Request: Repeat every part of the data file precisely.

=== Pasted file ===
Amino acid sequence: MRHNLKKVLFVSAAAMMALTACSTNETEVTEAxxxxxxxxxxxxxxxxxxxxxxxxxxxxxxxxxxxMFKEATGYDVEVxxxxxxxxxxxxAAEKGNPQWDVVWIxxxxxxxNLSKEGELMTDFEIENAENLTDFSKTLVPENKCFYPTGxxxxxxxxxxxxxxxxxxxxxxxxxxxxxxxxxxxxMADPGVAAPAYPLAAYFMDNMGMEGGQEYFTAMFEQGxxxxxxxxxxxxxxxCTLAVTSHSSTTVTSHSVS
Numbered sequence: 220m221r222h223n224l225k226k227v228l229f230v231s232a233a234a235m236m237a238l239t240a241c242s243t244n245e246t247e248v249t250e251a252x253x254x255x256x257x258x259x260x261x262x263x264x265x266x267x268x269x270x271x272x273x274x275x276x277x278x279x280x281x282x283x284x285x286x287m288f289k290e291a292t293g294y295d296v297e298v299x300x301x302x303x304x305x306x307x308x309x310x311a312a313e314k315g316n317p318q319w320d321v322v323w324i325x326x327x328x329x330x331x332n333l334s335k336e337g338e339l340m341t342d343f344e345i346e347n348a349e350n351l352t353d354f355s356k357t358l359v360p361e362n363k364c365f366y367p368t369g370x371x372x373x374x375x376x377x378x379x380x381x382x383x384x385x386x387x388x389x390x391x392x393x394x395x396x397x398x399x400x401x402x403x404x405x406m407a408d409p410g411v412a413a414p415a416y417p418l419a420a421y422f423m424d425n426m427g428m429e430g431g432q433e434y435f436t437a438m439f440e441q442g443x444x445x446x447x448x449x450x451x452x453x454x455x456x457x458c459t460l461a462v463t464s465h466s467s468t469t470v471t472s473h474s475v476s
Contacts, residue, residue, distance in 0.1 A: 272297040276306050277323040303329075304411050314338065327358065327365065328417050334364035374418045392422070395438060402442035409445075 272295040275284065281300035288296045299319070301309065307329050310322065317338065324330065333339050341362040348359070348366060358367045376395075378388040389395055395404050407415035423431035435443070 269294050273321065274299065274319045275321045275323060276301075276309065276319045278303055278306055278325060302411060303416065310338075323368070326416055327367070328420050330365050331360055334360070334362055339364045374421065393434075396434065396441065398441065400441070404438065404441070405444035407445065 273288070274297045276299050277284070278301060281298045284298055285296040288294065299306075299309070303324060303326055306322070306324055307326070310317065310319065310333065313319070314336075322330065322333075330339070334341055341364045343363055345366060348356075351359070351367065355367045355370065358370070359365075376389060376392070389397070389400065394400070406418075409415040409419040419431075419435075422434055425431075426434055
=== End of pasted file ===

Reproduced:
Amino acid sequence: MRHNLKKVLFVSAAAMMALTACSTNETEVTEAxxxxxxxxxxxxxxxxxxxxxxxxxxxxxxxxxxxMFKEATGYDVEVxxxxxxxxxxxxAAEKGNPQWDVVWIxxxxxxxNLSKEGELMTDFEIENAENLTDFSKTLVPENKCFYPTGxxxxxxxxxxxxxxxxxxxxxxxxxxxxxxxxxxxxMADPGVAAPAYPLAAYFMDNMGMEGGQEYFTAMFEQGxxxxxxxxxxxxxxxCTLAVTSHSSTTVTSHSVS
Numbered sequence: 220m221r222h223n224l225k226k227v228l229f230v231s232a233a234a235m236m237a238l239t240a241c242s243t244n245e246t247e248v249t250e251a252x253x254x255x256x257x258x259x260x261x262x263x264x265x266x267x268x269x270x271x272x273x274x275x276x277x278x279x280x281x282x283x284x285x286x287m288f289k290e291a292t293g294y295d296v297e298v299x300x301x302x303x304x305x306x307x308x309x310x311a312a313e314k315g316n317p318q319w320d321v322v323w324i325x326x327x328x329x330x331x332n333l334s335k336e337g338e339l340m341t342d343f344e345i346e347n348a349e350n351l352t353d354f355s356k357t358l359v360p361e362n363k364c365f366y367p368t369g370x371x372x373x374x375x376x377x378x379x380x381x382x383x384x385x386x387x388x389x390x391x392x393x394x395x396x397x398x399x400x401x402x403x404x405x406m407a408d409p410g411v412a413a414p415a416y417p418l419a420a421y422f423m424d425n426m427g428m429e430g431g432q433e434y435f436t437a438m439f440e441q442g443x444x445x446x447x448x449x450x451x452x453x454x455x456x457x458c459t460l461a462v463t464s465h466s467s468t469t470v471t472s473h474s475v476s
Contacts, residue, residue, distance in 0.1 A: 272297040276306050277323040303329075304411050314338065327358065327365065328417050334364035374418045392422070395438060402442035409445075 272295040275284065281300035288296045299319070301309065307329050310322065317338065324330065333339050341362040348359070348366060358367045376395075378388040389395055395404050407415035423431035435443070 269294050273321065274299065274319045275321045275323060276301075276309065276319045278303055278306055278325060302411060303416065310338075323368070326416055327367070328420050330365050331360055334360070334362055339364045374421065393434075396434065396441065398441065400441070404438065404441070405444035407445065 273288070274297045276299050277284070278301060281298045284298055285296040288294065299306075299309070303324060303326055306322070306324055307326070310317065310319065310333065313319070314336075322330065322333075330339070334341055341364045343363055345366060348356075351359070351367065355367045355370065358370070359365075376389060376392070389397070389400065394400070406418075409415040409419040419431075419435075422434055425431075426434055